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We must do better for our children

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Chudnovsky, Rita
Publication Date: 
3 Dec 2010


Outgoing premier Gordon Campbell leaves his successor with a big unfulfilled promise to B.C. families.

His 2008 throne speech pledged a new program for three-and four-year-olds and his television address last month acknowledged that B.C. must do better for young children.

Yet, after a decade of budget cuts and failed policies, B.C. families still struggle daily to find quality, affordable child care while they work or study.

The consequences for children, communities and our economy are disastrous.

It's now up to the next premier to start delivering on that promise.

The Coalition of Child Care Advocates of B.C. and the Early Childhood Educators of B.C. have some constructive advice on how to succeed.

Our Emerging Plan for an Integrated System of Early Care and Learning builds on what is already well known.

First, families need quality child care and quality child care is early learning.

Unfortunately, B.C.'s child care crisis has gone from bad to worse. Fees are too high, waiting lists too long and early childhood educators' wages are too low.

At the same time, B.C. is implementing full-day kindergarten with no strategy to meet the needs of all families, many of whom need full-day, full-year quality early care and learning for their children.

Here's how our seven point Emerging Plan would help B.C. do a much better job.

1. Create a new home for all early care and learning programs - whether located in schools or the community - in the Ministry of Education.

Education offers a universal, publicly funded, democratically-controlled system with relatively high levels of public support and has a well-respected and fairly-paid workforce. Our plan builds on these strengths without moving young children into academic "readiness" programs.

2. Pass a new Early Care and Learning Act to enshrine the rights of young children and their families to access services that meet their needs.

A new Early Care and Learning Act would guarantee families' access to and meaningful involvement in services for their children and would help build a more equal partnership between the child care and education sectors.

3. Create early care and learning plans developed by local boards of education with stakeholders' involvement.

Democratically elected boards of education would govern all early care and learning services in their communities - whether located in schools or not.

They would work with parents, early childhood educators and local governments to develop early care and learning plans.

These plans would guide the integration of existing group and family child care and preschools into the new system and the development of new services.

4. Build new Early Years Centres, a more appropriate alternative to the needs of young children than part-time pre-kindergarten.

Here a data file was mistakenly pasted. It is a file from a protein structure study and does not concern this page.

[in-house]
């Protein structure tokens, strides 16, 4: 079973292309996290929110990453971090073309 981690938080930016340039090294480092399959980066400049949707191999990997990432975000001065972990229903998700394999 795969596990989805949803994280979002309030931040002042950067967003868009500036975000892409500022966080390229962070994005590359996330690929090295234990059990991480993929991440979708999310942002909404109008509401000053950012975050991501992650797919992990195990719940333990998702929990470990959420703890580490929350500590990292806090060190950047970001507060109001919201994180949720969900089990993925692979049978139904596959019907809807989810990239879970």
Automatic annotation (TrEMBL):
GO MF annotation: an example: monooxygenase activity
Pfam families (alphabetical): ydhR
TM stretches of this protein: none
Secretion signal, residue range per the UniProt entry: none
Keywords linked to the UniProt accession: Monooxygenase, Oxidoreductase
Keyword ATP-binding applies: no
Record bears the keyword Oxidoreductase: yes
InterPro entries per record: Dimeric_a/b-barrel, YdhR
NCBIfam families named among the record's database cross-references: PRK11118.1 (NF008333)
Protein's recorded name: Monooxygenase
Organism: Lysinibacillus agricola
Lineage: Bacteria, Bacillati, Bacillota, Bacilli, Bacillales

Early Years Centres is a new name for the places where children up to age five could participate in part-or full-day early care and learning programs while their families are at work, school or home.

Early Years Centres would be staffed by qualified early childhood educators. They will become places that communities can and do feel proud of - just like libraries, parks and schools.

5. Move forward with accountability.

Our Emerging Plan builds on the strengths of the school system and existing child care services.

Family child care, group centres and preschools could affiliate into Early Years Centres.

School boards would develop more Early Years Centres to meet unmet needs.

These centres would be funded to meet five accountability measures:

- Cap parent fees at affordable levels.

- Raise early childhood educators' wages and education levels.

- Include all children.

- Meet identified community needs.

- Offer play-based programs that support children's holistic development.

6. Enhance kindergarten and Grade 1.

Children would still begin 'school' at age five but our plan creates a bridge between Early Years Centres and schools by bringing qualified early childhood educators into kindergarten and Grade 1 to work alongside teachers.

7. Support early childhood educators move toward parity with teachers through improved education.

The research is clear -- qualified early childhood educators are the key to quality early care and learning programs.

Our plan calls for a move, over time, to a bachelor's degree in early childhood as a new educational standard for the field.

Our plan is innovative, ambitious and achievable.

It offers a concrete way to build on years of recommendations for action.

B.C. children, families and communities need this plan to be high on the new premier's to-do list.

-reprinted from the Vancouver Sun

Entered Date: 
15 Dec 2010
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